This is an application for an NIMH Patient Oriented Research Career Development Award (K23) entitled "Contributions of MTHFR Genotype to Frontal Lobe Dysfunction in Schizophrenia." Although schizophrenia (Sz) is a strongly heritable disorder, the search for risk-conferring genes has been hindered by their relatively small individual contributions to clinical phenotypes. In recent years, Sz neuroimagers have attempted to amplify the signal of risk alleles by measuring their effects on the level of brain physiology, rather than behavior. This approach has yielded results that are robust and internally consistent, but largely disconnected from cellular and molecular pathophysiology, and more importantly, to drug discovery. The candidate's interest is in the full translational potential of imaging-genetics, as a way station connecting basic mechanisms and novel treatments for cognitive impairment in Sz. Toward this end, the candidate's previous and proposed work concerns how functional genetic variants at the intersection of two biochemical pathways implicated in Sz - folate and dopamine metabolism - contribute to prefrontal and working memory function. In retrospective studies, the candidate has associated the MTHFR C677T polymorphism with working memory and prefrontal dysfunction in Sz patients. These effects were further magnified through a diagnostically specific interaction with COMT Val158Met genotype, suggesting that the MTHFR T allele may exacerbate prefrontal dopamine deficiencies in Sz. The planned study, a prospective functional magnetic resonance imaging (fMRI) investigation of genetically matched Sz patients and healthy controls, will attempt to validate and fine-tune the proposed mechanism of deleterious MTHFR effects on working memory in Sz. MTHFR and COMT genotype will be mapped to prefrontal function during maintenance and temporal updating components of working memory, using tasks that have been tied to prefrontal dopamine signaling. The proposed research plan, didactic courses, and individual instruction from mentors, advisors, and other consultants will foster the candidate's development into an independent clinical investigator in the functional neuroimaging of gene effects in Sz.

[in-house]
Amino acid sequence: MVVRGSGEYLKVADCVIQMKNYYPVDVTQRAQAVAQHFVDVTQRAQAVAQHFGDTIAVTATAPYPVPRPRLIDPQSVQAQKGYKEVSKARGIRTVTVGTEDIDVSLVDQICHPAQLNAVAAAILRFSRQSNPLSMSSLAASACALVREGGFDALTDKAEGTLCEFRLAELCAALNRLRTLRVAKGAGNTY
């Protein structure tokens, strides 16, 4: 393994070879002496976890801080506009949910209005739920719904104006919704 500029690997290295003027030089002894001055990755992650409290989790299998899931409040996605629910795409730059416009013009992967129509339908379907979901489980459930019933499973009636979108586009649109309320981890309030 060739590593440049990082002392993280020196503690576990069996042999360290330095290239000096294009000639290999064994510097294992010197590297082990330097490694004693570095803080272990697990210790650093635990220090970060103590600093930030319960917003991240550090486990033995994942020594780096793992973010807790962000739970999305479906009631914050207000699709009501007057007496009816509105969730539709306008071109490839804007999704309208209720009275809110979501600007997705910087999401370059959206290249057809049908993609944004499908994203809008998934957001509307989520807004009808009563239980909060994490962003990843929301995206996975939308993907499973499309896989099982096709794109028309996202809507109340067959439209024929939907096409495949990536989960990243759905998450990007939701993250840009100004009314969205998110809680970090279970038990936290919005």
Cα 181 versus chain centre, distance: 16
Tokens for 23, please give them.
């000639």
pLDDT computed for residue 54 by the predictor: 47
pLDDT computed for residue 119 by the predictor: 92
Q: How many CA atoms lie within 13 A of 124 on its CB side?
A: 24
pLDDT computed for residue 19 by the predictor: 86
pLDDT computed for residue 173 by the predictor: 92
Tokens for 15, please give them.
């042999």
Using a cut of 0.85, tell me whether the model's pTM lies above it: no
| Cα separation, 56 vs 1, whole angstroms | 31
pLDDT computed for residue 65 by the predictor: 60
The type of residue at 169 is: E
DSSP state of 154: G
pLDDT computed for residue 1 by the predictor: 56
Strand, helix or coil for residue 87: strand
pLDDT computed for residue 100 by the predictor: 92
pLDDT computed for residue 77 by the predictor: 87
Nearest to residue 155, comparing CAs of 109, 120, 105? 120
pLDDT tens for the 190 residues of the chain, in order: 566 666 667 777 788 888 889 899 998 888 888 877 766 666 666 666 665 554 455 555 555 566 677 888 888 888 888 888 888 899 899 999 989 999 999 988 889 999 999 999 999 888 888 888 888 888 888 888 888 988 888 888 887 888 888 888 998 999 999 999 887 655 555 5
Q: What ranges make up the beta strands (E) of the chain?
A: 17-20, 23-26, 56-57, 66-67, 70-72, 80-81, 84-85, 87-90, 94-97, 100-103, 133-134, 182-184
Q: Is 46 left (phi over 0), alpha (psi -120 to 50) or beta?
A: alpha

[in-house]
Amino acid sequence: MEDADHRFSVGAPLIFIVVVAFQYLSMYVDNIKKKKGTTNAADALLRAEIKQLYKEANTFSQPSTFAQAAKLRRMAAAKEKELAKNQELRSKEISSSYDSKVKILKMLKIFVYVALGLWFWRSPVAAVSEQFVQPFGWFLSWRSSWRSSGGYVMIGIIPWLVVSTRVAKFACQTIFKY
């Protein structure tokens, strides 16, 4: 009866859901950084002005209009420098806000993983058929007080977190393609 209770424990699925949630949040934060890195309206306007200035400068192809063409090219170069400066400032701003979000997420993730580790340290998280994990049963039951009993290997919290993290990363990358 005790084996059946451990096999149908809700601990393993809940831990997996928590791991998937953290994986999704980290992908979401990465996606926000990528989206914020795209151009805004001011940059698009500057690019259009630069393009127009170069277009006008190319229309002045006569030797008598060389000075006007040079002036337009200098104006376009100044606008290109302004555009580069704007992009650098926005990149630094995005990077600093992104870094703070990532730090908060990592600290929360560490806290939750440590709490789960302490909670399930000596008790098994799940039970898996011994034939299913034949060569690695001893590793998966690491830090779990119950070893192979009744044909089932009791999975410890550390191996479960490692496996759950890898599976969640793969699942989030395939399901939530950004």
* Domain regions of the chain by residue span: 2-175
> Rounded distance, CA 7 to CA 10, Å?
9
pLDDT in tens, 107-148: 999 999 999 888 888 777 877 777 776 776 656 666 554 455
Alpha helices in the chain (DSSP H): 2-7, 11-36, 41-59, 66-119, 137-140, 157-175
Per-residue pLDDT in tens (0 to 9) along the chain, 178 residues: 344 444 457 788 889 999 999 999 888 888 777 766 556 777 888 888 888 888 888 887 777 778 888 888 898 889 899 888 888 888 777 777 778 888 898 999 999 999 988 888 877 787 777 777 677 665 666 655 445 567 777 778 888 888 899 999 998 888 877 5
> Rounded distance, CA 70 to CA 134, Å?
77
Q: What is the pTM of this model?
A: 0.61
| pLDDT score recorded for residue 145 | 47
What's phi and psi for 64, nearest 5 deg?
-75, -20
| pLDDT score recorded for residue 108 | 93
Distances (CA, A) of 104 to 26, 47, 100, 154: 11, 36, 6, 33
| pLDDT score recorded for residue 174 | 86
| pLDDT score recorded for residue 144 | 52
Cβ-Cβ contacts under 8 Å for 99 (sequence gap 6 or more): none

There remain few effective treatments for cognitive impairment in schizophrenia. It is hoped that these Studies will lay a foundation for the development of new and more efficient cognitive enhancement strategies, based on individual genetic variation and its downstream effects on brain function. The genes of interest, MTHFR and COMT, contribute to two related biochemical pathways that have been implicated in schizophrenia, and are that amenable to targeted interventions with drugs currently in development.
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